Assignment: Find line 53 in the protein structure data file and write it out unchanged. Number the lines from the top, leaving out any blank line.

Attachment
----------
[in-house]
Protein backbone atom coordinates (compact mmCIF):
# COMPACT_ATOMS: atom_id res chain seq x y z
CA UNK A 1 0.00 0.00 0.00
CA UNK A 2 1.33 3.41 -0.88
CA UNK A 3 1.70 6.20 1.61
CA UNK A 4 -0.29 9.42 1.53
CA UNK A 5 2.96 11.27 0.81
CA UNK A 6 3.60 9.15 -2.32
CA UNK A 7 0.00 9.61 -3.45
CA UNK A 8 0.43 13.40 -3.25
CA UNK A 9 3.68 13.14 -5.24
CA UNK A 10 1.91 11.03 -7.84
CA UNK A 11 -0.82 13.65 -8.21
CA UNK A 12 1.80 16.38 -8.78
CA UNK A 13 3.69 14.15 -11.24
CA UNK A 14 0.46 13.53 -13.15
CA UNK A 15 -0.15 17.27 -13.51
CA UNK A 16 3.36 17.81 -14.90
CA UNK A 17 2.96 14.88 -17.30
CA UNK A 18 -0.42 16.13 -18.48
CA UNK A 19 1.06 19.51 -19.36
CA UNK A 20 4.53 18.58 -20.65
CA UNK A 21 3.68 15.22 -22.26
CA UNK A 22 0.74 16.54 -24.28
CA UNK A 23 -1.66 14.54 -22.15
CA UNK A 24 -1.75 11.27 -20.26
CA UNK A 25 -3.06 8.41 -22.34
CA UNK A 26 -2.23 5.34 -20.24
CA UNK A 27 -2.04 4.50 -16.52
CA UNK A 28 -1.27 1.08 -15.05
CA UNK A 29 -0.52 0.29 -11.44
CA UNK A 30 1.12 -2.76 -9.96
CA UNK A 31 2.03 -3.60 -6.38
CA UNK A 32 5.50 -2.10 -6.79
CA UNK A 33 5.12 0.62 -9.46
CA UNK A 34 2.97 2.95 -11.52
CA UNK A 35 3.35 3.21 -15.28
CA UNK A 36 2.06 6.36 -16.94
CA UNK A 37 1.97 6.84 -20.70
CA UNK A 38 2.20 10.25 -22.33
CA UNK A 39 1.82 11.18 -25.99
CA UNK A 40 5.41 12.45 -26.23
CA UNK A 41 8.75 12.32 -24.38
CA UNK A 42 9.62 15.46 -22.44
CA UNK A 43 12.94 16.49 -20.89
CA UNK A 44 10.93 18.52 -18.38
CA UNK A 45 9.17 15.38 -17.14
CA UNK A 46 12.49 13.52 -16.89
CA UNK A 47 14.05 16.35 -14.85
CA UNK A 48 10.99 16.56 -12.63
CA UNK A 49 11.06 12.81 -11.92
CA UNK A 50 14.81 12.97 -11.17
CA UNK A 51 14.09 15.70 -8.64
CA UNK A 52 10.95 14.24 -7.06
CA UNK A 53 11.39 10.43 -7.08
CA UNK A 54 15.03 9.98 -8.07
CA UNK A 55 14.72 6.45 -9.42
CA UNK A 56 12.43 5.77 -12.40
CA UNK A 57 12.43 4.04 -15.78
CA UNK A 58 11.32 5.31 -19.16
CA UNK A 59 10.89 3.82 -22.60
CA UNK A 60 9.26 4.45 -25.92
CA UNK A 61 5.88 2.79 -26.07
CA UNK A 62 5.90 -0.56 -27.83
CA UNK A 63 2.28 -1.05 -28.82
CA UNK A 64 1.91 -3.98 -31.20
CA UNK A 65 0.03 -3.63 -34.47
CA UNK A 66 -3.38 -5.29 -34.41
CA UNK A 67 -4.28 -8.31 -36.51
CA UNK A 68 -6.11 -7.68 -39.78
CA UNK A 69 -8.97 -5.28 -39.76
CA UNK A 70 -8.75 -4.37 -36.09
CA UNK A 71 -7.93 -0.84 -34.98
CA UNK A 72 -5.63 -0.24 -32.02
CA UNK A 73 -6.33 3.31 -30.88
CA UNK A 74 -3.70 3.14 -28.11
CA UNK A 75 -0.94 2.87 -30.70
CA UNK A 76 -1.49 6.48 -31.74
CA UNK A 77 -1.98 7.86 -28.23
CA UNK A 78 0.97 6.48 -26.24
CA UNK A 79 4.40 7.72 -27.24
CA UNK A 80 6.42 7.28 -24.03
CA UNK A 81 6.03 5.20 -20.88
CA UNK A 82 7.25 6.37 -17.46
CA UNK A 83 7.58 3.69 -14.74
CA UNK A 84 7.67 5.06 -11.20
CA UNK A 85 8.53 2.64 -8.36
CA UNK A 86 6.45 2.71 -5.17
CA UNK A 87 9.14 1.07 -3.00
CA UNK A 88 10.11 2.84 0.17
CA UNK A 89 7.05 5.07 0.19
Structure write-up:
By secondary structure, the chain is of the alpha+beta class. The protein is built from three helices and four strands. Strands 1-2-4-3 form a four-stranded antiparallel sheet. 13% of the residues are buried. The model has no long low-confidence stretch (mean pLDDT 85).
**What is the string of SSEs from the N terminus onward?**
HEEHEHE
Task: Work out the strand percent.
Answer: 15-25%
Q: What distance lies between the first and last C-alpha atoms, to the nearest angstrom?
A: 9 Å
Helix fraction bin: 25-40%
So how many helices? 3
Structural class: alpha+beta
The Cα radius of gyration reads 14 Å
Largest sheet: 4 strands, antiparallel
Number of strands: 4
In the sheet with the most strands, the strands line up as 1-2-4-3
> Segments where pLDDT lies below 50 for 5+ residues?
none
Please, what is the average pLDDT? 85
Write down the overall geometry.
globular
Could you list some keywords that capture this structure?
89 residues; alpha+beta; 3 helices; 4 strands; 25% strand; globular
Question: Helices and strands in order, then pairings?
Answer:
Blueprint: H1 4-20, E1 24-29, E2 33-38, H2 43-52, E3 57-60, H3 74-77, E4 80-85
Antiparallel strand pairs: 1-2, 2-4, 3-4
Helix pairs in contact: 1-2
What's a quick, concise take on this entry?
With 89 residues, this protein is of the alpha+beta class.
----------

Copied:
CA UNK A 50 14.81 12.97 -11.17